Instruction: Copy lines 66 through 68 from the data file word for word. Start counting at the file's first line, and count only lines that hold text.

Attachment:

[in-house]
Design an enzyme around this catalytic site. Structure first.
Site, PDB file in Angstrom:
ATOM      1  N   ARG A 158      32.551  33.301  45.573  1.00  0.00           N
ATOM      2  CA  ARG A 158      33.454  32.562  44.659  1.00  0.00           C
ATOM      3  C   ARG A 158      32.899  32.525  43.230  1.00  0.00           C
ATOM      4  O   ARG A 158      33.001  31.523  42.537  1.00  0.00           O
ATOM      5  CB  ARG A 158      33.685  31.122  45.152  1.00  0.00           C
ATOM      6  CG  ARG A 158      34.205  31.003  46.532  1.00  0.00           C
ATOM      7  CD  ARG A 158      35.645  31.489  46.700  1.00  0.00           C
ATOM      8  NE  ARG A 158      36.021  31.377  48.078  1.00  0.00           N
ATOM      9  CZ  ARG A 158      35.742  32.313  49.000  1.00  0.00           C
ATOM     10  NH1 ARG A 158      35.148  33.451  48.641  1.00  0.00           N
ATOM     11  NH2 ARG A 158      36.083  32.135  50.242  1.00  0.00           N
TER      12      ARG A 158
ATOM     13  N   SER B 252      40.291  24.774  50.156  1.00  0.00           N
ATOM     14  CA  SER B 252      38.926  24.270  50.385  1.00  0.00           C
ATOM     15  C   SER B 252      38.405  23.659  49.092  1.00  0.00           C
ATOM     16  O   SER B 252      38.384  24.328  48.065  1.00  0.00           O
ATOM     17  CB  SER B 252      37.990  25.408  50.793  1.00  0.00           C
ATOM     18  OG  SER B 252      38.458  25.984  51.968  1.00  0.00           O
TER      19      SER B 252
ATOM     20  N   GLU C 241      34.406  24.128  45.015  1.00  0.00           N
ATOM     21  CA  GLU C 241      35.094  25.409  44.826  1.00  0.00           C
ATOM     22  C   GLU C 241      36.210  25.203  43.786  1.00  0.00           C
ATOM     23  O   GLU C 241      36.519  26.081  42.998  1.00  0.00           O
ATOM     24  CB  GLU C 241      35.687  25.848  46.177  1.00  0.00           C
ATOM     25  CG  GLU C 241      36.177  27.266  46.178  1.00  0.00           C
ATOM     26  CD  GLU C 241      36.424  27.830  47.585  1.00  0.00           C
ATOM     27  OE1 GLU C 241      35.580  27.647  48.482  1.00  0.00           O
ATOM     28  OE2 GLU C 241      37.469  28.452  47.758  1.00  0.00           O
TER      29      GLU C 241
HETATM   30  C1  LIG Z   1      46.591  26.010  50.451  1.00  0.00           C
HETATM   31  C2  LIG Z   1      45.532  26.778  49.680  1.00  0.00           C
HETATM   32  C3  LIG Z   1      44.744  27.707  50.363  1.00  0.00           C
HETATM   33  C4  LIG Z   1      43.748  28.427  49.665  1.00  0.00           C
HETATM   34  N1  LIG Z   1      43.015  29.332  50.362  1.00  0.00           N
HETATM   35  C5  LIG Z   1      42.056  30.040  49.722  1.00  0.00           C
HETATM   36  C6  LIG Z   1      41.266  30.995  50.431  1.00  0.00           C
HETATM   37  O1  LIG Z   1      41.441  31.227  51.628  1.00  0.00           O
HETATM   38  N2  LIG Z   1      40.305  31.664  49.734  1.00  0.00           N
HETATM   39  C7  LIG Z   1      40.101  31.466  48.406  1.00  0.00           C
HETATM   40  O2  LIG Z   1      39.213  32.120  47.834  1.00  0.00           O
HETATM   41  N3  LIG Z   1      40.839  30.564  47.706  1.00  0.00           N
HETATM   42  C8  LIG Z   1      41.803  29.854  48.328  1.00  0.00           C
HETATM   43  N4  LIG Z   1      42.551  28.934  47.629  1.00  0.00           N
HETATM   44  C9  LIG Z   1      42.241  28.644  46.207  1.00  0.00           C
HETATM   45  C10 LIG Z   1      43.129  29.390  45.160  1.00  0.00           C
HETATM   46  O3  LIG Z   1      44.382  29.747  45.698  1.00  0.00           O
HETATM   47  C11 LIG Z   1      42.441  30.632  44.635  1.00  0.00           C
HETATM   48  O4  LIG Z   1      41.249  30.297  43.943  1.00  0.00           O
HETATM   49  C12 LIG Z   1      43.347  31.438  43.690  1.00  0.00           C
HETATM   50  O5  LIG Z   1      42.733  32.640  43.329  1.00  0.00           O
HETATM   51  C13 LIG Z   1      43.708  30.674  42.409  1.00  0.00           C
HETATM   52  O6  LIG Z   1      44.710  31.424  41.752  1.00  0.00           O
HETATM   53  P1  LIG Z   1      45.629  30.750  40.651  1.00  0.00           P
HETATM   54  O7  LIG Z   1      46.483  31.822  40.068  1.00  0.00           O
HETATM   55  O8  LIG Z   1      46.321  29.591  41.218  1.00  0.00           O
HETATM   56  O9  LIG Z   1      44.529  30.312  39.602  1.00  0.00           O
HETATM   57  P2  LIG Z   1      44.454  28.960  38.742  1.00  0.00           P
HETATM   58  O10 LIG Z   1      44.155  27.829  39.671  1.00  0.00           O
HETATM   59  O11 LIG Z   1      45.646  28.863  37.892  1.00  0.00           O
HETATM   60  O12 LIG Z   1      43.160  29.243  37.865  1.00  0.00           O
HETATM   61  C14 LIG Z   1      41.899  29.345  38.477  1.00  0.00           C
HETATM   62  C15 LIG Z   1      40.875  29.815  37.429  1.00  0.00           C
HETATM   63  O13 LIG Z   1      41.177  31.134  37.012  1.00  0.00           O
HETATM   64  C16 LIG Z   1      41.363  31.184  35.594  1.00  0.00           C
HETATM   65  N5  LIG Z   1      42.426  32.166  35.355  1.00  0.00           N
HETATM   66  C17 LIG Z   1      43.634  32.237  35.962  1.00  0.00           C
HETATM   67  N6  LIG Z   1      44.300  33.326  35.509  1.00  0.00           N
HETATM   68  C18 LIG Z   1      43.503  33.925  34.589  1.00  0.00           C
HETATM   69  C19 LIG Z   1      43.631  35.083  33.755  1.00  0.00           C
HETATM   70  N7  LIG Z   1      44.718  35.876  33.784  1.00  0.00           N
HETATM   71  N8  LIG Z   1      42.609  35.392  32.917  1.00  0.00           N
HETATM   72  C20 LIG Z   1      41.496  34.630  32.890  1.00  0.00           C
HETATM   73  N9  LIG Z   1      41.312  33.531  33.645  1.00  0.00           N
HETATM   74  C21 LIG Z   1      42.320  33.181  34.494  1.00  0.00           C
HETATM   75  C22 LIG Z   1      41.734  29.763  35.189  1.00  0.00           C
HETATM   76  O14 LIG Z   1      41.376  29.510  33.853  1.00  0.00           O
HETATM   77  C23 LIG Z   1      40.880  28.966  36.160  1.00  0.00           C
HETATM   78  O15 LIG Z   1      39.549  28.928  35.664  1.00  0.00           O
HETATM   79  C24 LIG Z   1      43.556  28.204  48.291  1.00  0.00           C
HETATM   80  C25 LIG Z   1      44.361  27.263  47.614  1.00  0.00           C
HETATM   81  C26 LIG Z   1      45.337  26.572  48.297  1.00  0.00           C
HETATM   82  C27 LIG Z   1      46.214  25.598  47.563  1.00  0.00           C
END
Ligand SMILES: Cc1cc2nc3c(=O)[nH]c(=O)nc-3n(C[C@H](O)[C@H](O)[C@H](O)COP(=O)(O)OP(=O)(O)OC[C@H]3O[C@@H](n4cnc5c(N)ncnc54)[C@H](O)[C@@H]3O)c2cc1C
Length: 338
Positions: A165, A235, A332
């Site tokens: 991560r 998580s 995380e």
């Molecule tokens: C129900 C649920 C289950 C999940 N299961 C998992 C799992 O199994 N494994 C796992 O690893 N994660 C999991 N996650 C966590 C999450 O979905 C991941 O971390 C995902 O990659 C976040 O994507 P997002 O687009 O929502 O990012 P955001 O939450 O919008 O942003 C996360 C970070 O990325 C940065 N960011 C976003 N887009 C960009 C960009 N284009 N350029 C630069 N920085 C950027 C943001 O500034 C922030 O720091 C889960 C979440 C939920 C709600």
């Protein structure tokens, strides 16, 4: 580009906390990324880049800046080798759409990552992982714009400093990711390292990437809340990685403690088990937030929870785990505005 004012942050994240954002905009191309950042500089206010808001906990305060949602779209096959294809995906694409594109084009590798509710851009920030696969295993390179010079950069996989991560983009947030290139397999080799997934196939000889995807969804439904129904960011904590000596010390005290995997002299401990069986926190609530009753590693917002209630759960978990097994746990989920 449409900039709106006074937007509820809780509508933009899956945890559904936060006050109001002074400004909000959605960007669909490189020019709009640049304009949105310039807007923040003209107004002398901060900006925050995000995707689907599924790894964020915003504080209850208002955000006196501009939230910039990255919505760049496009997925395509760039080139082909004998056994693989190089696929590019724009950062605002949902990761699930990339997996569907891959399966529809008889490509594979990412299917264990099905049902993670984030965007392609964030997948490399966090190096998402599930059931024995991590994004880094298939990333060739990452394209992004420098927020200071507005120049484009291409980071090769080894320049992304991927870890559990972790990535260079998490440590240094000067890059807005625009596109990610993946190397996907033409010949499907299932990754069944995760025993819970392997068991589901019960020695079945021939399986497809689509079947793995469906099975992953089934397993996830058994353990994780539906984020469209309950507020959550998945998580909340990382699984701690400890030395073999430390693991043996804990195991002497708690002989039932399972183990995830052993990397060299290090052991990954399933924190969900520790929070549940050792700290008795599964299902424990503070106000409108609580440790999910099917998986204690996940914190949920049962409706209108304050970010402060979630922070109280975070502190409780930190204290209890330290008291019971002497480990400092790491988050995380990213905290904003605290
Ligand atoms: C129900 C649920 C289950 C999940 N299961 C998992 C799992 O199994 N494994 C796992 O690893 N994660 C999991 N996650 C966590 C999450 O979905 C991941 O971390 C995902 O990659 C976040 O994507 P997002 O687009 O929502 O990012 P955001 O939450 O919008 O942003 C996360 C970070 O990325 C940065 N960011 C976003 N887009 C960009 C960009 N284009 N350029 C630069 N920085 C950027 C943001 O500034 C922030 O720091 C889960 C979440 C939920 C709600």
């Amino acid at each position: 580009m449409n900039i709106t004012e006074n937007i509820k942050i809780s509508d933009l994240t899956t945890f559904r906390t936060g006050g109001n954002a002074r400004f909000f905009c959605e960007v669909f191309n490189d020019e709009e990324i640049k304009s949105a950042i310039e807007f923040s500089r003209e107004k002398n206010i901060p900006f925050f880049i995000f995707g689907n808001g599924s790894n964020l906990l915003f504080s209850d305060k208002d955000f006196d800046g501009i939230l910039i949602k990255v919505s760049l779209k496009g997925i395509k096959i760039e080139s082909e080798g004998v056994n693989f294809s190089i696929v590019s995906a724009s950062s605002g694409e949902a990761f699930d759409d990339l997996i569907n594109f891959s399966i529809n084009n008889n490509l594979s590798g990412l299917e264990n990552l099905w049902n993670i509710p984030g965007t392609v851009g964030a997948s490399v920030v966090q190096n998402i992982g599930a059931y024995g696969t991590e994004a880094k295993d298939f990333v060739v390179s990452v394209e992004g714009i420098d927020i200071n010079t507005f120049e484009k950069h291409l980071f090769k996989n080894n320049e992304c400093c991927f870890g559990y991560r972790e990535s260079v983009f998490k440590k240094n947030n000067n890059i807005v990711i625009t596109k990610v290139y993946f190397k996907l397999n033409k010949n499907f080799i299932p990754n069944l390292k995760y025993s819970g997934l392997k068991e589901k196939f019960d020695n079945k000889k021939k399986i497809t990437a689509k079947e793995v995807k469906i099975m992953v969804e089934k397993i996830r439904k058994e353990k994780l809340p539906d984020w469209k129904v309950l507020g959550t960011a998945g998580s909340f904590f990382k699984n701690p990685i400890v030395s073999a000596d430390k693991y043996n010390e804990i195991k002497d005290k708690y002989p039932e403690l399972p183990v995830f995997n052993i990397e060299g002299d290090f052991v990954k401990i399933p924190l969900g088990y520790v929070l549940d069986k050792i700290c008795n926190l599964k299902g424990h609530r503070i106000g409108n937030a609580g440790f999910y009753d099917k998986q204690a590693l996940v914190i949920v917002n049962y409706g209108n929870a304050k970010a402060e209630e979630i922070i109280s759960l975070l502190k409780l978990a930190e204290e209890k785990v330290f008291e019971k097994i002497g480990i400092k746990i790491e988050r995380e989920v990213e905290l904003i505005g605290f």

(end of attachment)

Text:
HETATM   63  O13 LIG Z   1      41.177  31.134  37.012  1.00  0.00           O
HETATM   64  C16 LIG Z   1      41.363  31.184  35.594  1.00  0.00           C
HETATM   65  N5  LIG Z   1      42.426  32.166  35.355  1.00  0.00           N